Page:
The day opened with a keynote speech by James Prince, head of the Democracy Council. Ziadeh was on a panel chaired by Joshua Muravchik (the ultra-interventionist author of the 2006 op-ed "Bomb Iran"). The topic of the discussion was "The Emergence of Organized Opposition". Sitting beside Ziadeh on the panel was the public relations director of the MJD – a man who would later become his fellow SNC spokesperson – Ausama Monajed.
Along with Kodmani and Ziadeh, Ausama (or sometimes Osama) Monajed is one of the most important SNC spokespeople. There are others, of course – the SNC is a big beast and includes the Muslim Brotherhood. The opposition to Assad is wide-ranging, but these are some of the key voices. There are other official spokespeople with long political careers, like George Sabra of the Syrian Democratic People's party – Sabra has suffered arrest and lengthy imprisonment in his fight against the "repressive and totalitarian regime in Syria". And there are other opposition voices outside the SNC, such as the writer Michel Kilo, who speaks eloquently of the violence tearing apart his country: "Syria is being destroyed – street after street, city after city, village after village. What kind of solution is that? In order for a small group of people to remain in power, the whole country is being destroyed."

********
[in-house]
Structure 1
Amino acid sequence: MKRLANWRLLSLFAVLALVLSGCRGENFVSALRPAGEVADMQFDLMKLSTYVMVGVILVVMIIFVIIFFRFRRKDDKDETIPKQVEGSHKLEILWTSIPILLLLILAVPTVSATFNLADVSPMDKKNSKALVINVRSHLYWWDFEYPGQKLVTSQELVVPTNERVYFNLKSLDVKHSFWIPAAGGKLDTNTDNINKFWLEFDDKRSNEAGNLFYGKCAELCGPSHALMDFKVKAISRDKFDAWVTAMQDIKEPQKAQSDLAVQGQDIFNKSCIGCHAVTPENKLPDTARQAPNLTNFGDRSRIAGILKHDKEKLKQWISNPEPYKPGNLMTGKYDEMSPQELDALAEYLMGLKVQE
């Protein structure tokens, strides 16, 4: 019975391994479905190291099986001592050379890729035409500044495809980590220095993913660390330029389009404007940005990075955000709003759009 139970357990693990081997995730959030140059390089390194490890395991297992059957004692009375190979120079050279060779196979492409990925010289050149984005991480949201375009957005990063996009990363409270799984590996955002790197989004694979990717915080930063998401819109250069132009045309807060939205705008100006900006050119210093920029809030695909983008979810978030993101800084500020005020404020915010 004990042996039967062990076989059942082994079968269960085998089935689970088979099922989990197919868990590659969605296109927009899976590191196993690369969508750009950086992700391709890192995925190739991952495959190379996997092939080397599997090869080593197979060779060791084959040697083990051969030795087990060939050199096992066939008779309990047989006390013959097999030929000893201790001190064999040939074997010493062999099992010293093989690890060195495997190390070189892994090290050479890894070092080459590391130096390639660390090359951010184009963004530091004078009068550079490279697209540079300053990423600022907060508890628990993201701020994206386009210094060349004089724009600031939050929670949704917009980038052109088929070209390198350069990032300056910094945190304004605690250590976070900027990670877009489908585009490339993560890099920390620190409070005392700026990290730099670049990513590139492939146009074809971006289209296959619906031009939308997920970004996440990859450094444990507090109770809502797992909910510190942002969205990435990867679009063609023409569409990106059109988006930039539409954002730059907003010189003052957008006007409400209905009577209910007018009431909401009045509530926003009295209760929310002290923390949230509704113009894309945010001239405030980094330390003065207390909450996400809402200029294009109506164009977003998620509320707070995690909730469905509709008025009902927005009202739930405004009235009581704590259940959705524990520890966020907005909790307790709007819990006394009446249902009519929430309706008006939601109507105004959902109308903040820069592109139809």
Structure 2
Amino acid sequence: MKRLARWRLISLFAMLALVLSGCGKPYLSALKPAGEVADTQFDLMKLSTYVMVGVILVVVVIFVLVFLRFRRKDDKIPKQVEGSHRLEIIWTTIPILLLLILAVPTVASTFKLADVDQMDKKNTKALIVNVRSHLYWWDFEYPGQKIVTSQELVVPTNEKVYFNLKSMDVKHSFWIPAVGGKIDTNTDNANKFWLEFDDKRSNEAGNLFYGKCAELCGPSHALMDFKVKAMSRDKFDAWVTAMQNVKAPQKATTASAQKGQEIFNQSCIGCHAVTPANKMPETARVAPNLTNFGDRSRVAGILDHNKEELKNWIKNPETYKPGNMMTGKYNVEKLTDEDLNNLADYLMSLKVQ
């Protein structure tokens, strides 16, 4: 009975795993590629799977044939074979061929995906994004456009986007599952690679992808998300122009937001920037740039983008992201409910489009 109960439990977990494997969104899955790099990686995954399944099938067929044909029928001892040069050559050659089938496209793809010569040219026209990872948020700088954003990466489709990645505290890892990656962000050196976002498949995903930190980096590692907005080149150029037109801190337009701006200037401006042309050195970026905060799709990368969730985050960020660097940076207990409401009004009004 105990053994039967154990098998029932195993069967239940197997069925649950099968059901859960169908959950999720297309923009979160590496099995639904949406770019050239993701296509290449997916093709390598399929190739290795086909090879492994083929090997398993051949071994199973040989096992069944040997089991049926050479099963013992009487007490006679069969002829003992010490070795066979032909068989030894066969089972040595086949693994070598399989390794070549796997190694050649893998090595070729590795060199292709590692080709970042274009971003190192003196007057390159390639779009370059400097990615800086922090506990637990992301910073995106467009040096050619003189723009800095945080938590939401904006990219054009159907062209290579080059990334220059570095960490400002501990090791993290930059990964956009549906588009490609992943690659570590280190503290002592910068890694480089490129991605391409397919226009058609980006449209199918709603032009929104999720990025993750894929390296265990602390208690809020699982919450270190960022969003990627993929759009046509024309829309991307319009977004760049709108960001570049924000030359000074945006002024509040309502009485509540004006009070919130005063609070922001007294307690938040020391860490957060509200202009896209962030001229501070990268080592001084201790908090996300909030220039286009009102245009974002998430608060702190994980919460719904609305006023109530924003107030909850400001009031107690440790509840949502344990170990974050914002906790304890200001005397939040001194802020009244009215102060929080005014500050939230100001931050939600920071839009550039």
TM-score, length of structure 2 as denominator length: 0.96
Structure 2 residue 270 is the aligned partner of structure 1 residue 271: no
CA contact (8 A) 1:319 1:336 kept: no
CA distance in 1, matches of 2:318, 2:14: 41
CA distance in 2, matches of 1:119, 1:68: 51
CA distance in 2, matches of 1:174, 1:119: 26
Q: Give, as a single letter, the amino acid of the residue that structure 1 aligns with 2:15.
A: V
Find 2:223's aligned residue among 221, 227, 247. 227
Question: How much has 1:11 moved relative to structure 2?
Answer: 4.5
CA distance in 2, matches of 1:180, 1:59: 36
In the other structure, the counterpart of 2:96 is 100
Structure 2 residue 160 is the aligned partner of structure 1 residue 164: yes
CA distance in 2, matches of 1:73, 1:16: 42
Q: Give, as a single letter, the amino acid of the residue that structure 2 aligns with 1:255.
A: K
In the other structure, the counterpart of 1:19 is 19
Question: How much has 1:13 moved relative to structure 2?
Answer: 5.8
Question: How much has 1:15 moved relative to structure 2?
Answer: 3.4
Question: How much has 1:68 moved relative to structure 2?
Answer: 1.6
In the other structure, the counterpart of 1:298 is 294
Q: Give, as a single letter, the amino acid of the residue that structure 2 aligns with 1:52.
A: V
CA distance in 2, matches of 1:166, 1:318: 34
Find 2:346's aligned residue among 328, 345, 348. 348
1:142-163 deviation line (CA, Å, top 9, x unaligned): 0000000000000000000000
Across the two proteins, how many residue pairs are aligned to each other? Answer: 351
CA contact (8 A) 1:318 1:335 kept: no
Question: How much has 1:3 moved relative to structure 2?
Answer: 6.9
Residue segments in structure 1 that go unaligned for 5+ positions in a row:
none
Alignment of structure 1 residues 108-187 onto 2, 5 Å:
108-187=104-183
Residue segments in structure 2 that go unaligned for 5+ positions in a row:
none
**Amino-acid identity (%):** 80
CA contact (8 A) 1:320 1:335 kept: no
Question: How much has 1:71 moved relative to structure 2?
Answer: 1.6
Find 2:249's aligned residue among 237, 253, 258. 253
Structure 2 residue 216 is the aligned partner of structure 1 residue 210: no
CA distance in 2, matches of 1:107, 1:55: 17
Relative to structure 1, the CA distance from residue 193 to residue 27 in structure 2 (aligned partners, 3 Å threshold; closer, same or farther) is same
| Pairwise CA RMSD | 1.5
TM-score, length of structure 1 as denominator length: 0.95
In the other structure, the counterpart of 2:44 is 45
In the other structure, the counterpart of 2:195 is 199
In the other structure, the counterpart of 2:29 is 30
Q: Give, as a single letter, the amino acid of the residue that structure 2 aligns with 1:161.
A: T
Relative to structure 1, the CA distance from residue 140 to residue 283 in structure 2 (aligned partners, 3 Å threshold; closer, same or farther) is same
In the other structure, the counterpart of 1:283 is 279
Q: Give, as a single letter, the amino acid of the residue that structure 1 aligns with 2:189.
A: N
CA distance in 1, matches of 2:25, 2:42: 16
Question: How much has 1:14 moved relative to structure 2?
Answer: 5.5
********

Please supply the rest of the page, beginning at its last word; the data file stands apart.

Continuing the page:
But there's no doubt that the primary opposition body is the SNC, and Kodmani, Ziadeh and Monajed are often to be found representing it. Monajed frequently crops up as a commentator on TV news channels. Here he is on the BBC, speaking from their Washington bureau. Monajed doesn't sugar-coat his message: "We are watching civilians being slaughtered and kids being slaughtered and killed and women being raped on the TV screens every day."